Electricity and refrigerators are in short supply, so patients use small clay pots for insulin storage. To keep them cool, families bury the pots in the ground, or cover them in water. India’s summertime heat is searing, but somehow, the clay pots seem to work.
Dr. Pendsey and his staff track the patients as best they can, and offer a bit of money to help the poorest kids attend school. There are no funds for blood glucose meters or strips, however, so Pendsey guesstimates insulin doses by age and weight. Preliminary results from a baseline study led by Drs. Zuijdwijk, Ahmet and Pendsey suggest suggests that average A1Cs are very high.
LFAC supports about 100 of the Dream Trust’s patients, and is always trying to do more. Recently, the Australian charity negotiated a deal with Nipro Diagnostics for cheap strips; with a bit of luck, Pendsey’s patients will soon get a meter and two test strips per day.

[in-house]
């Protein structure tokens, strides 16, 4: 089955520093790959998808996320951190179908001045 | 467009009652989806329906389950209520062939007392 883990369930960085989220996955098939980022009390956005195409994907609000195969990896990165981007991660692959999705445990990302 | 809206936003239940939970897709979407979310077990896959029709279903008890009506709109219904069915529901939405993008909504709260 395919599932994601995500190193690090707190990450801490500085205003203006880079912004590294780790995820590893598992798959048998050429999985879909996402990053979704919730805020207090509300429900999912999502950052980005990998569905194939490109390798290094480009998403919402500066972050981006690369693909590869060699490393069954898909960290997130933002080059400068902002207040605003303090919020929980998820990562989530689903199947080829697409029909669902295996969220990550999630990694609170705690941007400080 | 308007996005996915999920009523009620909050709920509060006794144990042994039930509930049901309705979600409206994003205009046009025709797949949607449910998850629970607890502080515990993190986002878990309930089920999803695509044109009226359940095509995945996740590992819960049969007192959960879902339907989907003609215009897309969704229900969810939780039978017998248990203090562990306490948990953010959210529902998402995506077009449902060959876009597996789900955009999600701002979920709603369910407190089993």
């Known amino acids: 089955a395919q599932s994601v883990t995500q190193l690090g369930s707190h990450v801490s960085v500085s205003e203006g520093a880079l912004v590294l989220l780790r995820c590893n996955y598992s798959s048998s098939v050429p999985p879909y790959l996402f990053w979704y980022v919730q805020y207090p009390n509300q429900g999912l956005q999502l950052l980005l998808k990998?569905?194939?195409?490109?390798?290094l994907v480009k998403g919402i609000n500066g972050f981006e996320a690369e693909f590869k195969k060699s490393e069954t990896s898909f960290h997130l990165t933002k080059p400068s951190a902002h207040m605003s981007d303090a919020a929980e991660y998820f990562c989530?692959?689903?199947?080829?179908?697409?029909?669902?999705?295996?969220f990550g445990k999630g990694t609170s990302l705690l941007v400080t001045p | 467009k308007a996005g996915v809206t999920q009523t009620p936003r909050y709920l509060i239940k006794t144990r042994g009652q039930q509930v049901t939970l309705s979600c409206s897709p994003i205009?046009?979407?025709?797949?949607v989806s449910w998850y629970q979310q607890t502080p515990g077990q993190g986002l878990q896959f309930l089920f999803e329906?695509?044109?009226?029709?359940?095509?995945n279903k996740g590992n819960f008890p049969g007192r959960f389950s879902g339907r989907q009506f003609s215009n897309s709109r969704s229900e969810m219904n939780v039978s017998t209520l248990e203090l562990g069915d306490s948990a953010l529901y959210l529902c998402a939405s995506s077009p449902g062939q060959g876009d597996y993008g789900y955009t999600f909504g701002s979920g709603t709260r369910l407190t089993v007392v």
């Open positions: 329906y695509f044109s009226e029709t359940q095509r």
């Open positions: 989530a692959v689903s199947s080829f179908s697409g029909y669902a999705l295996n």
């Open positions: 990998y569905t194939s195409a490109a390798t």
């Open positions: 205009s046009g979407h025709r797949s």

There is no money for lancets, however, and it’s not clear that Pendsey or anyone else can make accurate insulin adjustments on such a low number of tests. In any case, most patients can’t call the clinic, and only make it in to Pendsey’s office once every three months. Under these conditions, it’s unclear how much their A1Cs can be improved.
My colleagues and I hope to soon begin evaluating the Nipro gifts’ impact. I desperately hope that A1Cs improve; otherwise, many of Dr. Pendsey’s patients will soon begin experiencing complications. There is no question that Dr. Pendsey saved the lives of these 500 kids and youth. Will they grow up and lead healthy lives, however, or will they soon start suffering from a whole host of diabetes-related diseases?